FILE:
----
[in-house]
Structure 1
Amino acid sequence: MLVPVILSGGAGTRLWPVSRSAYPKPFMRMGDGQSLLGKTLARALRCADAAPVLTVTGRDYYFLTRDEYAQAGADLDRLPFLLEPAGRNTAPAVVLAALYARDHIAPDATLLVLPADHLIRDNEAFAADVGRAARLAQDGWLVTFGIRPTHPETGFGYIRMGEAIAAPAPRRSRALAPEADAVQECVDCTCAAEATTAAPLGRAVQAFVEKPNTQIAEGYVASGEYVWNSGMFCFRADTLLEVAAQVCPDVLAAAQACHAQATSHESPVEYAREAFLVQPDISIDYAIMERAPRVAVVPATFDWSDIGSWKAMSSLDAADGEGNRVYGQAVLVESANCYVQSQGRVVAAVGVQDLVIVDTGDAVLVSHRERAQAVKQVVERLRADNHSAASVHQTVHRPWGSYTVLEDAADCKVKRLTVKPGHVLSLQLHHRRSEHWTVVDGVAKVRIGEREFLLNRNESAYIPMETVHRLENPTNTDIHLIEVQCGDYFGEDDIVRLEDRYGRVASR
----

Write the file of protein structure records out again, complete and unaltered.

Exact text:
[in-house]
Structure 1
Amino acid sequence: MLVPVILSGGAGTRLWPVSRSAYPKPFMRMGDGQSLLGKTLARALRCADAAPVLTVTGRDYYFLTRDEYAQAGADLDRLPFLLEPAGRNTAPAVVLAALYARDHIAPDATLLVLPADHLIRDNEAFAADVGRAARLAQDGWLVTFGIRPTHPETGFGYIRMGEAIAAPAPRRSRALAPEADAVQECVDCTCAAEATTAAPLGRAVQAFVEKPNTQIAEGYVASGEYVWNSGMFCFRADTLLEVAAQVCPDVLAAAQACHAQATSHESPVEYAREAFLVQPDISIDYAIMERAPRVAVVPATFDWSDIGSWKAMSSLDAADGEGNRVYGQAVLVESANCYVQSQGRVVAAVGVQDLVIVDTGDAVLVSHRERAQAVKQVVERLRADNHSAASVHQTVHRPWGSYTVLEDAADCKVKRLTVKPGHVLSLQLHHRRSEHWTVVDGVAKVRIGEREFLLNRNESAYIPMETVHRLENPTNTDIHLIEVQCGDYFGEDDIVRLEDRYGRVASR